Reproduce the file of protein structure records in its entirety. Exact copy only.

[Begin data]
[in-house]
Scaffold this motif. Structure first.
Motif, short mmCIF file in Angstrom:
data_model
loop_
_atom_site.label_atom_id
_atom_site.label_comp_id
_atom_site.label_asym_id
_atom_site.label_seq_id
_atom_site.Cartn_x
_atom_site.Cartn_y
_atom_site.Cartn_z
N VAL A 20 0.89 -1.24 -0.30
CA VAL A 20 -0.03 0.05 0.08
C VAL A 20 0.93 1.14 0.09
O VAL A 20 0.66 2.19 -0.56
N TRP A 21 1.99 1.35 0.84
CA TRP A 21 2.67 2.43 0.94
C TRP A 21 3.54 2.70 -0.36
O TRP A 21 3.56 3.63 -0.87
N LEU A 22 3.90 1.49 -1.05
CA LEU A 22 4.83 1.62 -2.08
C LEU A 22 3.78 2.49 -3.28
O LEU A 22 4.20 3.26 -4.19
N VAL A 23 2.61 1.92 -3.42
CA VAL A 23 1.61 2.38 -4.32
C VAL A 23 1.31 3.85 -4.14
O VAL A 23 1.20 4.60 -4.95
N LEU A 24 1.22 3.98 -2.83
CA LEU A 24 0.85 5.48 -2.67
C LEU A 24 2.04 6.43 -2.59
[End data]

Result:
[in-house]
Scaffold this motif. Structure first.
Motif, short mmCIF file in Angstrom:
data_model
loop_
_atom_site.label_atom_id
_atom_site.label_comp_id
_atom_site.label_asym_id
_atom_site.label_seq_id
_atom_site.Cartn_x
_atom_site.Cartn_y
_atom_site.Cartn_z
N VAL A 20 0.89 -1.24 -0.30
CA VAL A 20 -0.03 0.05 0.08
C VAL A 20 0.93 1.14 0.09
O VAL A 20 0.66 2.19 -0.56
N TRP A 21 1.99 1.35 0.84
CA TRP A 21 2.67 2.43 0.94
C TRP A 21 3.54 2.70 -0.36
O TRP A 21 3.56 3.63 -0.87
N LEU A 22 3.90 1.49 -1.05
CA LEU A 22 4.83 1.62 -2.08
C LEU A 22 3.78 2.49 -3.28
O LEU A 22 4.20 3.26 -4.19
N VAL A 23 2.61 1.92 -3.42
CA VAL A 23 1.61 2.38 -4.32
C VAL A 23 1.31 3.85 -4.14
O VAL A 23 1.20 4.60 -4.95
N LEU A 24 1.22 3.98 -2.83
CA LEU A 24 0.85 5.48 -2.67
C LEU A 24 2.04 6.43 -2.59